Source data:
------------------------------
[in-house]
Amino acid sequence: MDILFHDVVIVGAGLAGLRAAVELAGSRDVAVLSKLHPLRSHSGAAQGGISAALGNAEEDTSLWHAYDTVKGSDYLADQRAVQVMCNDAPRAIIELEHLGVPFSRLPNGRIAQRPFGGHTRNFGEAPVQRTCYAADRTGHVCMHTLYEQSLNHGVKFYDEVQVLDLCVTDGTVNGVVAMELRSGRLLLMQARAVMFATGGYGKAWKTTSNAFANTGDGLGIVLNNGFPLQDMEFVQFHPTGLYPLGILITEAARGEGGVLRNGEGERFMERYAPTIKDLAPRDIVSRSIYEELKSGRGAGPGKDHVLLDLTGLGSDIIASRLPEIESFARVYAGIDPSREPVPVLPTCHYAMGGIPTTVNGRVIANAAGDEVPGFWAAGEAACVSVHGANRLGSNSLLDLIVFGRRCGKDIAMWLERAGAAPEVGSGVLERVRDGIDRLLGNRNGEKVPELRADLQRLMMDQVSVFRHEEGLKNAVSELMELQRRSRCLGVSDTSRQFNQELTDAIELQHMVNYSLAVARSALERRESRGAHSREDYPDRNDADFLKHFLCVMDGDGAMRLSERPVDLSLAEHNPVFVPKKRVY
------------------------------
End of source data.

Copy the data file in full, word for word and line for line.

[in-house]
Amino acid sequence: MDILFHDVVIVGAGLAGLRAAVELAGSRDVAVLSKLHPLRSHSGAAQGGISAALGNAEEDTSLWHAYDTVKGSDYLADQRAVQVMCNDAPRAIIELEHLGVPFSRLPNGRIAQRPFGGHTRNFGEAPVQRTCYAADRTGHVCMHTLYEQSLNHGVKFYDEVQVLDLCVTDGTVNGVVAMELRSGRLLLMQARAVMFATGGYGKAWKTTSNAFANTGDGLGIVLNNGFPLQDMEFVQFHPTGLYPLGILITEAARGEGGVLRNGEGERFMERYAPTIKDLAPRDIVSRSIYEELKSGRGAGPGKDHVLLDLTGLGSDIIASRLPEIESFARVYAGIDPSREPVPVLPTCHYAMGGIPTTVNGRVIANAAGDEVPGFWAAGEAACVSVHGANRLGSNSLLDLIVFGRRCGKDIAMWLERAGAAPEVGSGVLERVRDGIDRLLGNRNGEKVPELRADLQRLMMDQVSVFRHEEGLKNAVSELMELQRRSRCLGVSDTSRQFNQELTDAIELQHMVNYSLAVARSALERRESRGAHSREDYPDRNDADFLKHFLCVMDGDGAMRLSERPVDLSLAEHNPVFVPKKRVY